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Average Word Count For Essays On The Great

As a writer, you may find yourself pondering the question, “How many words are in a paragraph?” Much like the number of sentences in a paragraph, there’s no single answer to this question. A rule of thumb answer is, “There are usually 100 to 200 words in a paragraph,” but a more accurate answer would be “It depends…” which isn’t particularly helpful. So let’s take a more in-depth look at word count, paragraphs and how it all works.

What does a paragraph usually consist of?

A paragraph usually deals with a single idea. In general, you’ll have an introductory sentence expressing that idea, and several supporting sentences to round it off. Paragraphs are usually about 100 – 200 words long, but there are more exceptions to this rule-of-thumb than you’d expect.

Commercial Writing

Commercial writing breaks all the rules. Whether or not you find it irritating, your task is to hold your readers’ attention and get them to read what you’ve written. The average person doesn’t like to see solid blocks of text. It looks like it’s going to be difficult to get through, and nobody likes to work harder than they have to.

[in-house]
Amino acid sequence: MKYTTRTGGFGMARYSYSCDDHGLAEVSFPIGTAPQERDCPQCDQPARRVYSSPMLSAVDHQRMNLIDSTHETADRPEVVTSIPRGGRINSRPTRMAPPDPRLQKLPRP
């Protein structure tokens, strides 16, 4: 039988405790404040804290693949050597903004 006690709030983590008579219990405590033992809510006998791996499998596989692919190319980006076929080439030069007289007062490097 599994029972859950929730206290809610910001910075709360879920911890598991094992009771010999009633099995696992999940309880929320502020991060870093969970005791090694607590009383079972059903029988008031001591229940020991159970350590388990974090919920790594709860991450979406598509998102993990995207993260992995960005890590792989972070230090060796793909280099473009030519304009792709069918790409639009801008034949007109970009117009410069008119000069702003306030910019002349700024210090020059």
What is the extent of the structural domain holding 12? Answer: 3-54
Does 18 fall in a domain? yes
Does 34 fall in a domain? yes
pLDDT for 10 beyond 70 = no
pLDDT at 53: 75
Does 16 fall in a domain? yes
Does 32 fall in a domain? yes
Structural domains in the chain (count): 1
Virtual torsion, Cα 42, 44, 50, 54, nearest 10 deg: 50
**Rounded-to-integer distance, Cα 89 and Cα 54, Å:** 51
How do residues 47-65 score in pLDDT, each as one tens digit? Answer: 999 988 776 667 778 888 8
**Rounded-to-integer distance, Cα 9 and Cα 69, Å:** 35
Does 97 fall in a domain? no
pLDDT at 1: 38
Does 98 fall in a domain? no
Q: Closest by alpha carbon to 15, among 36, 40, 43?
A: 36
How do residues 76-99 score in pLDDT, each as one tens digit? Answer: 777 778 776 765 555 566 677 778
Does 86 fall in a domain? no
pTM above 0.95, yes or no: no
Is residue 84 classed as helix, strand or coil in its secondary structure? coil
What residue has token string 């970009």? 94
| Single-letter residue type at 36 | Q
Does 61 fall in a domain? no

“White Space” is a great way to make your information look easier to master, and one of the best ways to create “white space” is through using paragraphs. For commercial writing, it’s best to keep sentences short and punchy, and the same goes for paragraphs.

People don’t usually like to see paragraphs that are more than three or four lines long. How many words is that? Again, although it’s not helpful, the answer is “It depends…” Font styles and font size will affect paragraph length – at least from a psychological perspective.

For example, this is a blog post, and I want to keep the reader engaged. The longest paragraph under this heading is only 61 words long. This is the shortest one so far, and it only uses 37 words.

I want to get your attention!

The above paragraph is only six words long, and you can count the words in this one if you like.

Dialogues

To make things easy for your reader, you’ll switch paragraphs every time you switch speakers, for example:

“I don’t know how long a paragraph should be,” said Mary, “but I hope to find out by reading this article.”

“That sounds like a good idea,” John replied, “but don’t let that limit your creativity!”

“Really? Can I bend the rules?”

“The rules are really more like guidelines.”

“Cool!”

As you can see, I was able to stop identifying the speakers as soon as the conversation began to flow because John and Mary each had paragraphs to themselves. Neither of them said anything that was even close to 100 words, but it’s still easy to see who said what. Mary’s final paragraph was one word long.

Academic Writing